MUNSTER - Tonight, just as they did Monday night, Jews will take their
seats at the Passover "seder" table, lean back in their chairs on soft pillows
and retell a story that has been handed down in this manner for more than
But this year Ernest and Ursula Fruehauf are doing things a little
differently. They will celebrate their seder with their children and
grandchildren under a tent, in the same way the Israelites probably celebrated
the first Passover after the Exodus.
They'll gather to share a meal and tell a story that begins "we were slaves
of Pharaoh in Egypt and if God had not brought our forefathers out, then we and
our children might still be slaves."
Jews today, who, unlike their enslaved forefathers have the luxury of
sitting on pillows, also use the pronoun "we" during the seder to identify with
"The tent represents the dwellings of the slaves and where the Israelites
lived for the next 40 years in the desert after escaping from Egypt," Fruehauf
said. "It is very likely they spent their first Passover in their tents."
"We are doing it to impress the children, really. Since we are supposed to
celebrate Passover in a way to indicate we ourselves were slaves and then
became free, it's a good idea to use as many symbols as possible to show that
idea - especially for children," Fruehauf said.
His point underscores the reason why a holiday like Passover continues to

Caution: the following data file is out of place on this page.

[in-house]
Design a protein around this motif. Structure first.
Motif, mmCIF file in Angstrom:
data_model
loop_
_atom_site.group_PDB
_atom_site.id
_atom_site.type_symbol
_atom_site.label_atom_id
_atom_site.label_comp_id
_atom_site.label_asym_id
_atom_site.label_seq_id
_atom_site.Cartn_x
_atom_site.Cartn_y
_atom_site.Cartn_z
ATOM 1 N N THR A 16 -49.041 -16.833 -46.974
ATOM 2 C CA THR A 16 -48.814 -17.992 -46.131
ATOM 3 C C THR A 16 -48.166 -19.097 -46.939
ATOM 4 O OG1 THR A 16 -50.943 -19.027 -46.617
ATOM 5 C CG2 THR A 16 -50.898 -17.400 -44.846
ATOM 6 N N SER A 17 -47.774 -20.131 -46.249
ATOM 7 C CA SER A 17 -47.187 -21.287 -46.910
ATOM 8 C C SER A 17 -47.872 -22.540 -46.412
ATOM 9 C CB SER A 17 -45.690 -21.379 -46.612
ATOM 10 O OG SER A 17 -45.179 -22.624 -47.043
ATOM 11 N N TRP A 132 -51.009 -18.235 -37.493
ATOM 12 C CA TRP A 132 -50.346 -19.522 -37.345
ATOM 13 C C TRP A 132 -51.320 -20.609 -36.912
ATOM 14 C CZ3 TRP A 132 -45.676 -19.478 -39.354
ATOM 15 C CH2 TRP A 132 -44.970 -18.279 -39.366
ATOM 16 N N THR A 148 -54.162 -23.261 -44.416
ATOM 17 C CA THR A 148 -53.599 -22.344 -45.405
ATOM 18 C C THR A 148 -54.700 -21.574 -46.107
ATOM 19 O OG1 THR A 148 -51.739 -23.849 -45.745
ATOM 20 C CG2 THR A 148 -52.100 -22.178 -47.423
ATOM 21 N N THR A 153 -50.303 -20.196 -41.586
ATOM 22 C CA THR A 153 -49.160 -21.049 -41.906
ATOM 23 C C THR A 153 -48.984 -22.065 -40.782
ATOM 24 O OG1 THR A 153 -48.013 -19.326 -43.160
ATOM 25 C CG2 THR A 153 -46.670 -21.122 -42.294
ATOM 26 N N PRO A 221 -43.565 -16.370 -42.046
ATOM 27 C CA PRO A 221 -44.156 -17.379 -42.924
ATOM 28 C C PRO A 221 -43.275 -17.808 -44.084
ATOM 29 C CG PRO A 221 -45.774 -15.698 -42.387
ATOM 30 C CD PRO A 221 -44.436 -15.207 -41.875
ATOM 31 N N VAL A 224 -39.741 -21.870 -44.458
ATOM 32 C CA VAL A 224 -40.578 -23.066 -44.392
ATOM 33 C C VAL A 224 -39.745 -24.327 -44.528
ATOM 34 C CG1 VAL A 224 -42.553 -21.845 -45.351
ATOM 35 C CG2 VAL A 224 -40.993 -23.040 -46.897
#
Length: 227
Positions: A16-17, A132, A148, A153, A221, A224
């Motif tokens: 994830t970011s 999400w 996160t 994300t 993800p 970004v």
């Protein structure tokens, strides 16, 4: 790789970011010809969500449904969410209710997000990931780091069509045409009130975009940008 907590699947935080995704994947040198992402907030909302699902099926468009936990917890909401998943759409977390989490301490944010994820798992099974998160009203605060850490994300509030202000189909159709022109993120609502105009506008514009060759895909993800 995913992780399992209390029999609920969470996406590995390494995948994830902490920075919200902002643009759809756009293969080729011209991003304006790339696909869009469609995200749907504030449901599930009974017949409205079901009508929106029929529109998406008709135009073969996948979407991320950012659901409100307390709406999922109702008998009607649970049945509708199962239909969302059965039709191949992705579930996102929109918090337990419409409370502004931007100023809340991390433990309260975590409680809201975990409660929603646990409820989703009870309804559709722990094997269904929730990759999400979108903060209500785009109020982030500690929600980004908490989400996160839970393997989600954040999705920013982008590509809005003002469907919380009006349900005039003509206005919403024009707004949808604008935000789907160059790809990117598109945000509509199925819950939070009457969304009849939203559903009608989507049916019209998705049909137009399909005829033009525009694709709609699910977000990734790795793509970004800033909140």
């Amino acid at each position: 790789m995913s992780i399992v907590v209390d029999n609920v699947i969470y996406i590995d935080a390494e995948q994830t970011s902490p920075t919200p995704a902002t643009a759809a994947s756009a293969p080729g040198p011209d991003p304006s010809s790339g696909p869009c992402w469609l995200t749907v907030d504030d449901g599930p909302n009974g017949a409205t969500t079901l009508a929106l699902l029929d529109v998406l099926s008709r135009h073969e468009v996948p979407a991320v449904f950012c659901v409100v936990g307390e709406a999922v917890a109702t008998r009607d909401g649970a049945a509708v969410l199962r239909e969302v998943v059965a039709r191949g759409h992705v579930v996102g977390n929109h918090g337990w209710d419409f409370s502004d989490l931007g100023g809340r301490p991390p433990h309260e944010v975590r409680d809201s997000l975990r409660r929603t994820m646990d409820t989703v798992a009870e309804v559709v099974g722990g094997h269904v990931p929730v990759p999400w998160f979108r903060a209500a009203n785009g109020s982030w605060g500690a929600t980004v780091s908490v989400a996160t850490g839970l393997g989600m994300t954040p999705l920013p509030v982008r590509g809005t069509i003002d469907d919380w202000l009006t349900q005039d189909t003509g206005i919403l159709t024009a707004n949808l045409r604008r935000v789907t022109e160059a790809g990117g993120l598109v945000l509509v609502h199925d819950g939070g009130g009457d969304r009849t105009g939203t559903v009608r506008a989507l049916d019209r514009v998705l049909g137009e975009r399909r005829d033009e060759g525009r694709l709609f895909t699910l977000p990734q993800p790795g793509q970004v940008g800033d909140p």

exist century after century, with each generation finding a relevancy.
"For Jews today, Passover becomes very relevant. The holiday has universal
significance. Continuously, there are always people who are subjected to higher
powers who enslave, oppress and cause them to suffer," said Rabbi Raphael
Ostrovsky of Congregation Beth Israel in Hammond.
"The primary focus of the holiday is that we became free," he added. "For
any people that are not totally free, then this holiday pertains to them.
"It's the most celebrated of Jewish holidays because of the universal goal
of freedom," Fruehauf said. "It causes us to remember those who live under
oppression. We remember the Exodus and we do something for the less fortunate
by using our resources and our talents."
He cited as an example Israel's efforts on behalf of Ethiopian Jews,
Soviet Jews as well as Jews and Moslems in Bosnia. Israel has helped many
people leave those countries and gain freedom.
The entire holiday, including the advance preparation, requires an enormous
commitment, Ostrovsky said. Prior to the first seder, some families will take
great pains to make their home "kosher for Passover."
All remnants of "hametz" or leavened products are thoroughly cleaned from
the house. In addition, dishes and utensils used throughout the year are put in
storage and the Passover dishes and utensils are brought out.
"It's a lot of work," Ostrovsky said. "But families that do not
observe 'Kashrut,' (dietary laws) the rest of the year, find Passover such a
meaningful holiday that they take on the ritual for the holiday."